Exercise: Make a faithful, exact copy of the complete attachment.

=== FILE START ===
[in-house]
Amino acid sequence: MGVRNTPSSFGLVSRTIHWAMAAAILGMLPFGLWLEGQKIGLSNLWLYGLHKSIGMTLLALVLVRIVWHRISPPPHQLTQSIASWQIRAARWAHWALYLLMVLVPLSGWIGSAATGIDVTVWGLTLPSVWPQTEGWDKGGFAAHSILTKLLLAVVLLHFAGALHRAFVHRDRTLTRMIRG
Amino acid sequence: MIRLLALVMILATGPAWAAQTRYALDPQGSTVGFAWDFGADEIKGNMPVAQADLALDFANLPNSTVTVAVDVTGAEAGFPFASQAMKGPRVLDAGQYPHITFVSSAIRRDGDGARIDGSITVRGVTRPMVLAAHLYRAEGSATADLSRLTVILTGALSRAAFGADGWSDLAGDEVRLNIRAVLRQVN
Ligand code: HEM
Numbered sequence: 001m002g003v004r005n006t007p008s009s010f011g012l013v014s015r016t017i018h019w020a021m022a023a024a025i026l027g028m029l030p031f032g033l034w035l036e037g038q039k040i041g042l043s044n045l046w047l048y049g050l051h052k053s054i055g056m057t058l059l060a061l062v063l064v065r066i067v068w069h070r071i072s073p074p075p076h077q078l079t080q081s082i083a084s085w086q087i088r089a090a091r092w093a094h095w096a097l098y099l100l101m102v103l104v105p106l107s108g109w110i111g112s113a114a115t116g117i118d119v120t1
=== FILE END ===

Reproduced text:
[in-house]
Amino acid sequence: MGVRNTPSSFGLVSRTIHWAMAAAILGMLPFGLWLEGQKIGLSNLWLYGLHKSIGMTLLALVLVRIVWHRISPPPHQLTQSIASWQIRAARWAHWALYLLMVLVPLSGWIGSAATGIDVTVWGLTLPSVWPQTEGWDKGGFAAHSILTKLLLAVVLLHFAGALHRAFVHRDRTLTRMIRG
Amino acid sequence: MIRLLALVMILATGPAWAAQTRYALDPQGSTVGFAWDFGADEIKGNMPVAQADLALDFANLPNSTVTVAVDVTGAEAGFPFASQAMKGPRVLDAGQYPHITFVSSAIRRDGDGARIDGSITVRGVTRPMVLAAHLYRAEGSATADLSRLTVILTGALSRAAFGADGWSDLAGDEVRLNIRAVLRQVN
Ligand code: HEM
Numbered sequence: 001m002g003v004r005n006t007p008s009s010f011g012l013v014s015r016t017i018h019w020a021m022a023a024a025i026l027g028m029l030p031f032g033l034w035l036e037g038q039k040i041g042l043s044n045l046w047l048y049g050l051h052k053s054i055g056m057t058l059l060a061l062v063l064v065r066i067v068w069h070r071i072s073p074p075p076h077q078l079t080q081s082i083a084s085w086q087i088r089a090a091r092w093a094h095w096a097l098y099l100l101m102v103l104v105p106l107s108g109w110i111g112s113a114a115t116g117i118d119v120t1